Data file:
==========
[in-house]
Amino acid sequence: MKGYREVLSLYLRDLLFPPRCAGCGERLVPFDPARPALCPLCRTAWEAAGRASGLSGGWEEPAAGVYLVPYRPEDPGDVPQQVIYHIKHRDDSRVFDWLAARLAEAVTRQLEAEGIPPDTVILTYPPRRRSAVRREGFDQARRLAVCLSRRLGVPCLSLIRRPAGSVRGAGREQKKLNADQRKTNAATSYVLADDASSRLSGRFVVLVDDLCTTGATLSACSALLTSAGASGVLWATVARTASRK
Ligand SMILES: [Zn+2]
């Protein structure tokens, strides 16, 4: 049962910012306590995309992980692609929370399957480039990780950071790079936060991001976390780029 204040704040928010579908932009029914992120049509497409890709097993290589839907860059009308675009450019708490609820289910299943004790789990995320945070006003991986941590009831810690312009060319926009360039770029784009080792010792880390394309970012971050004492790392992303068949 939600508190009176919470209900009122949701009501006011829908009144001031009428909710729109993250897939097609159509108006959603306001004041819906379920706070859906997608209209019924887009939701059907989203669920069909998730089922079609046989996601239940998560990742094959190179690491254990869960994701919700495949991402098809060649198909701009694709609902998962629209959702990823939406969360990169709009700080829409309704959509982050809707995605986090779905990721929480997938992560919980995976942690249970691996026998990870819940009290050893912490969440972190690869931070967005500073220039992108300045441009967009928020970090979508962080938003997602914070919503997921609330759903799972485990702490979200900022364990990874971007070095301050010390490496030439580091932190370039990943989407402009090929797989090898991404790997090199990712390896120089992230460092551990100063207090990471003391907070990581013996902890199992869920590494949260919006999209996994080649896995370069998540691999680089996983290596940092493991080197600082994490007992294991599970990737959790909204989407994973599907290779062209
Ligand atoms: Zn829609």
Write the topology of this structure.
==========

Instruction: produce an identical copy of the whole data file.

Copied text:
[in-house]
Amino acid sequence: MKGYREVLSLYLRDLLFPPRCAGCGERLVPFDPARPALCPLCRTAWEAAGRASGLSGGWEEPAAGVYLVPYRPEDPGDVPQQVIYHIKHRDDSRVFDWLAARLAEAVTRQLEAEGIPPDTVILTYPPRRRSAVRREGFDQARRLAVCLSRRLGVPCLSLIRRPAGSVRGAGREQKKLNADQRKTNAATSYVLADDASSRLSGRFVVLVDDLCTTGATLSACSALLTSAGASGVLWATVARTASRK
Ligand SMILES: [Zn+2]
């Protein structure tokens, strides 16, 4: 049962910012306590995309992980692609929370399957480039990780950071790079936060991001976390780029 204040704040928010579908932009029914992120049509497409890709097993290589839907860059009308675009450019708490609820289910299943004790789990995320945070006003991986941590009831810690312009060319926009360039770029784009080792010792880390394309970012971050004492790392992303068949 939600508190009176919470209900009122949701009501006011829908009144001031009428909710729109993250897939097609159509108006959603306001004041819906379920706070859906997608209209019924887009939701059907989203669920069909998730089922079609046989996601239940998560990742094959190179690491254990869960994701919700495949991402098809060649198909701009694709609902998962629209959702990823939406969360990169709009700080829409309704959509982050809707995605986090779905990721929480997938992560919980995976942690249970691996026998990870819940009290050893912490969440972190690869931070967005500073220039992108300045441009967009928020970090979508962080938003997602914070919503997921609330759903799972485990702490979200900022364990990874971007070095301050010390490496030439580091932190370039990943989407402009090929797989090898991404790997090199990712390896120089992230460092551990100063207090990471003391907070990581013996902890199992869920590494949260919006999209996994080649896995370069998540691999680089996983290596940092493991080197600082994490007992294991599970990737959790909204989407994973599907290779062209
Ligand atoms: Zn829609």
Write the topology of this structure.